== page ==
But most of the battles these African soldiers fought made little impact on European consciousness at the time, and they have since faded into almost complete obscurity.
Some of the longest and most effective military resistance to European conquest took place in West Africa; by far the longest was the century-long struggle of the Asante of Ghana against the British.
From 1807 to 1900, Asante armies fought numerous small and large battles against the British.
In several of these they were the clear victors, the only West African army to defeat a European army in more than one major engagement.
In the final conflict of 1900, despite the British use of machine guns and powerful 75mm artillery, the Asante several times forced British columns to retreat.
One of the British invasions of the Asante kingdom was led by Sir Garnet Wolseley, Britain’s best-known general at the time and the man who later commanded British troops during the Zulu war.
Wolseley had fought and been wounded in several previous wars, but he called his campaign against the Asante the “most horrible war” he had ever fought in.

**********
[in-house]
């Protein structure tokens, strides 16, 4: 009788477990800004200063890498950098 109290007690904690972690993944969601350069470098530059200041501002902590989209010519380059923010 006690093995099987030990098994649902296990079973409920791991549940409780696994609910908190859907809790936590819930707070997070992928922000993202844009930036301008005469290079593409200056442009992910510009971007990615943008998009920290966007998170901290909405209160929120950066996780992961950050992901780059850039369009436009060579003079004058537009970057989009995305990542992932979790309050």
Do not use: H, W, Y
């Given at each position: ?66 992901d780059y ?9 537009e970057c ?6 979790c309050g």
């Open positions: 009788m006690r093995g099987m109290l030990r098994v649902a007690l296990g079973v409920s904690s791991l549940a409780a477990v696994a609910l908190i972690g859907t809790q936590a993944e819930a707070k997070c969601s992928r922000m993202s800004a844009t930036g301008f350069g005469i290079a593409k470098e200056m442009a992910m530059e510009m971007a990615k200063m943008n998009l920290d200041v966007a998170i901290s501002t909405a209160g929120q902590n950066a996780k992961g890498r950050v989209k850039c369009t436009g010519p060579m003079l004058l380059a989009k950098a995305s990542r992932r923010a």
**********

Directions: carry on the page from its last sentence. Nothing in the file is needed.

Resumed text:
And he very nearly did not win it.
The Asante and the British fought more than one horrible battle.
They fought bravely and cruelly as they struggled with disease and starvation as well as bullets and bayonets.
Most of all they struggled with their colossal incomprehension of one another’s values, religious beliefs, diplomacy, sense of honor, and national purpose.
Much of this misunderstanding was the inevitable consequence of the British insistence on their racial and cultural supremacy, but the Asante too could be arrogant and self-righteous.
The roots of conflict lay in the differing cultural heritages and economic interests of the two peoples.
Although the most fundamental cause of the conflict was economic, the Asante practices of human sacrifice and slavery also played a part, as did British ignorance about the significance of the Golden Stool.